Did you know hygienists work in other sectors?  Aside from private offices and clinics,  dental hygienists provide preventive and therapeutic services in schools, daycare facilities, nursing, and long-term facilities. 

You’ll find hygienists working hard as public health officials as researchers, educators, or administrators

Dental Hygienist Training with other titles

  • Dental Office Manager
  • Nursing Home Consultant
  • Community Clinic Administrator
  • Classroom or Clinical Instructor

 Not only are they able to adapt in different environments and use their expertise to care for patients in diverse communities and have skills to back it up.

Dental Hygienists have many skills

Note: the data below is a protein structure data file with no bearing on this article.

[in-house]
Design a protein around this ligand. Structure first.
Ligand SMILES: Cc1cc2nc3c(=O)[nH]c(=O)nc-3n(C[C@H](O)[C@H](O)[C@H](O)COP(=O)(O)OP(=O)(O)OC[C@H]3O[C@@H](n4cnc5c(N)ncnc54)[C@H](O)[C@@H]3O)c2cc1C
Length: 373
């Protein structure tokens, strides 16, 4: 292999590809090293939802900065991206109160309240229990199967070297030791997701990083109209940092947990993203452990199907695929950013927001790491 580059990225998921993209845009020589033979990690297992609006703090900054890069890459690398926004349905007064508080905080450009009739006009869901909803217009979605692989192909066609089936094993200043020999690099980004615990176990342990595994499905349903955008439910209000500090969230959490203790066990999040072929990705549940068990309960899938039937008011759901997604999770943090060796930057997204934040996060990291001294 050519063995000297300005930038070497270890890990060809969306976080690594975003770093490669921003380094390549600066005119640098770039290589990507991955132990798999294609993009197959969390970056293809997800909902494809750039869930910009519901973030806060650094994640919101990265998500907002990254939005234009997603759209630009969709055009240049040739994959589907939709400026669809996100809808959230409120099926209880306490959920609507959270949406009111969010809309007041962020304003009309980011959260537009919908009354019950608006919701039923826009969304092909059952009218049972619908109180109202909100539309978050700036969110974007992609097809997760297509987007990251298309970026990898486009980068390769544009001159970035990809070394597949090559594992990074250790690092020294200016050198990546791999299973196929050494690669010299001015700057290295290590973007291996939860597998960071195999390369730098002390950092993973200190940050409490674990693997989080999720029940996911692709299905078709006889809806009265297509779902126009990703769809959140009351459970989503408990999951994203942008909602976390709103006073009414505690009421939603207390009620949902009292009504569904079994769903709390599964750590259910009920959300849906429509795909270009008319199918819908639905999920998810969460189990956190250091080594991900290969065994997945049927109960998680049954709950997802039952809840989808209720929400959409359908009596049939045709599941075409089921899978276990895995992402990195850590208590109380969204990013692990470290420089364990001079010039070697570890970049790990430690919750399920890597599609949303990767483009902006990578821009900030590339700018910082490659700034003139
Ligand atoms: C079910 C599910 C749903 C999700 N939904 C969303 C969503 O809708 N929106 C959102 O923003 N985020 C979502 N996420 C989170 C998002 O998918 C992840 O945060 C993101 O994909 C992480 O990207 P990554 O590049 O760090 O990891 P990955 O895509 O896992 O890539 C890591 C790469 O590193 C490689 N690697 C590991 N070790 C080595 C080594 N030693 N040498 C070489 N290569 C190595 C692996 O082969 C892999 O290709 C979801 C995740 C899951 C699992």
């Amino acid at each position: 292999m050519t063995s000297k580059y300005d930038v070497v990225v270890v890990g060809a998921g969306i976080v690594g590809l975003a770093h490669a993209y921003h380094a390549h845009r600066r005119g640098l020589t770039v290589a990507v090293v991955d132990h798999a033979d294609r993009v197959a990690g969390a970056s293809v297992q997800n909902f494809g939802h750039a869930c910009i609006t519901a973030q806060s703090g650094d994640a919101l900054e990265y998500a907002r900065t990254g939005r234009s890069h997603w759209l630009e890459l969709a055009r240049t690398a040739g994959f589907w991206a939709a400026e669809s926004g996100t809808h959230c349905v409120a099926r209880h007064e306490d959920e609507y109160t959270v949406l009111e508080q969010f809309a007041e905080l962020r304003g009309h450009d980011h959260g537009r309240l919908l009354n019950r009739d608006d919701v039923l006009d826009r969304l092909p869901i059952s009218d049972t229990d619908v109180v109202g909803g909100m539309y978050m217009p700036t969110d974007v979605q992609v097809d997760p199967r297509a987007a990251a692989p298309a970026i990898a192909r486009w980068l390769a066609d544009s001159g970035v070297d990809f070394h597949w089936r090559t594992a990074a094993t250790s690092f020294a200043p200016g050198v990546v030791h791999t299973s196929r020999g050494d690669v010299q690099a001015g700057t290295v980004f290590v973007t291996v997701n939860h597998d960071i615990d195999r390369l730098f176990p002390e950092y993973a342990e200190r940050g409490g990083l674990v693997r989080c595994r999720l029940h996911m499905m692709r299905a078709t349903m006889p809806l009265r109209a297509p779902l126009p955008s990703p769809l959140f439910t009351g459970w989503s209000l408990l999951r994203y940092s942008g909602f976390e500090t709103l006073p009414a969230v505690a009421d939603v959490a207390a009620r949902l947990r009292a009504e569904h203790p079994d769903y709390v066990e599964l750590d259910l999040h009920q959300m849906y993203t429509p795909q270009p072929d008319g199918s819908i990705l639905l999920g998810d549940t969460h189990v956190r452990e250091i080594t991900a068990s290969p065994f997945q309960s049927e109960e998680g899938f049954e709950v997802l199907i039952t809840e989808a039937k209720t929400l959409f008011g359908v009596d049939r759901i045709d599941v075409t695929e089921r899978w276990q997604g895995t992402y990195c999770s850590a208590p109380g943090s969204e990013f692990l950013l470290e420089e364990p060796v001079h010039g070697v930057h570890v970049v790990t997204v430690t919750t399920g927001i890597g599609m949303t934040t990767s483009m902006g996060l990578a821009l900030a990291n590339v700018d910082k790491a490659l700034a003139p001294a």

Dental Care calls for several skills, knowledge, and training. For dental hygienists, some of these skills include interpersonal communication and patient care techniques. They are also professional problem solvers. For oral care, every patient has unique challenges. Hygienist research and work with patients to develop individual programs to meet their needs.

Other skills include:

  • Attention to detail
  • Equipment knowledge and everyday use i.e how to use sharp tools to extract or clean teeth
  • Diagnostic/analytical/assessment skills
  • Clinical knowledge.

Check it out: All these skills are transferable skills. So if a hygienist wanted to switch to nursing, law, public health, researching, or teaching, these skills would come in handy. 

Dental Hygienists are High In Demand

The demand for dental hygienists has increased over the years, with over 200,000 dental hygienists in the U.S. With studies showing links between total health and oral health and the population ages, more focused has placed on the dental industry. According to the Bureau of Labor (BLS), dental hygienist opportunities have increased by11%, higher than the average for all occupations, and projected to grow by 33% by 2022.